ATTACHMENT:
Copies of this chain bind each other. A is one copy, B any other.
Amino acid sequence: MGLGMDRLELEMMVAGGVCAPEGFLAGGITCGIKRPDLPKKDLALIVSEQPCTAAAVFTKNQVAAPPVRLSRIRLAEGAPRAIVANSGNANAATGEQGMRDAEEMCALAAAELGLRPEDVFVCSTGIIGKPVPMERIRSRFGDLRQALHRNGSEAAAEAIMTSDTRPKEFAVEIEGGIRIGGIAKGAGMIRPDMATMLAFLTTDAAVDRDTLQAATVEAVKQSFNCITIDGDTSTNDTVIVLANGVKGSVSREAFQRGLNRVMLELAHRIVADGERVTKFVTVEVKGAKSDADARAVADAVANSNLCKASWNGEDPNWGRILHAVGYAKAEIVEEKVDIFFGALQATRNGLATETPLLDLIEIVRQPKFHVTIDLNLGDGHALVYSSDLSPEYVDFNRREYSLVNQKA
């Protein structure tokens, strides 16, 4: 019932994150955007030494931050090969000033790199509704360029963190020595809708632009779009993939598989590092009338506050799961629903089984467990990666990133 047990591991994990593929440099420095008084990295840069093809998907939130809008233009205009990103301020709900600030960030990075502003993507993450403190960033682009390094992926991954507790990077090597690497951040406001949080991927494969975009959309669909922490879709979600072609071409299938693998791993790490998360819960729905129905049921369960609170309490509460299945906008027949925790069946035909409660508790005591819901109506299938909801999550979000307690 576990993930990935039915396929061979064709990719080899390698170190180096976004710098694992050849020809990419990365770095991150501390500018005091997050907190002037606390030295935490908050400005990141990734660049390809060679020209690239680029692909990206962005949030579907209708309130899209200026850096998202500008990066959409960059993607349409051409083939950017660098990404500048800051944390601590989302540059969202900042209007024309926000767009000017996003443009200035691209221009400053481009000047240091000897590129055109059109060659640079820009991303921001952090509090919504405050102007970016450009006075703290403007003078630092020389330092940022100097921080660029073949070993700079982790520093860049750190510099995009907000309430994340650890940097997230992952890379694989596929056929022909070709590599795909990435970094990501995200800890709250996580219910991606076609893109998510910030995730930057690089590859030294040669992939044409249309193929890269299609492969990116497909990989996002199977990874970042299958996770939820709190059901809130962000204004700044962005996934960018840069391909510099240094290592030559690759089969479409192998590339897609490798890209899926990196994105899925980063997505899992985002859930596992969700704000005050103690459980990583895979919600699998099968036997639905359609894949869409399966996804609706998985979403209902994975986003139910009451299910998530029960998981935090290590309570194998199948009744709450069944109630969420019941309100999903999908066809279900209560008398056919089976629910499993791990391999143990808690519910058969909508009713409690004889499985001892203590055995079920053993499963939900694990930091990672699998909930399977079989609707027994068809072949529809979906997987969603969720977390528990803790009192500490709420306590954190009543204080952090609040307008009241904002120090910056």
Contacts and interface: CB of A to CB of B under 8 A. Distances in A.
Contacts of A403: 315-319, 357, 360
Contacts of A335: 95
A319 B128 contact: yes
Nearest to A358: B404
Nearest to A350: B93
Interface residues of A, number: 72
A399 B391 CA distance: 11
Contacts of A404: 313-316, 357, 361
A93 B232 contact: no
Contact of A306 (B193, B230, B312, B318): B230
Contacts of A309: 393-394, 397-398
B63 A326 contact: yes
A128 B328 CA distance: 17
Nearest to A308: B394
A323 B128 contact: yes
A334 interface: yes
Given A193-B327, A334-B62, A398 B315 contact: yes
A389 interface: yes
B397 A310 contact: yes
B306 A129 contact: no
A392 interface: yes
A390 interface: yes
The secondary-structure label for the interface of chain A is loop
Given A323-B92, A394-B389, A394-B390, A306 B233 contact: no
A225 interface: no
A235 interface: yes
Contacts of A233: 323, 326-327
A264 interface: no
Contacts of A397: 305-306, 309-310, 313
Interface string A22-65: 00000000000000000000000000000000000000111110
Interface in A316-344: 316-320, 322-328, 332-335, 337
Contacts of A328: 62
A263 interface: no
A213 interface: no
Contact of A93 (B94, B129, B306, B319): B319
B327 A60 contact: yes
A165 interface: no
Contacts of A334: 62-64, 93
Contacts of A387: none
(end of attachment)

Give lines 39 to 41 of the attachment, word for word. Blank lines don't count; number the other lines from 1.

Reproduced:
Contact of A93 (B94, B129, B306, B319): B319
B327 A60 contact: yes
A165 interface: no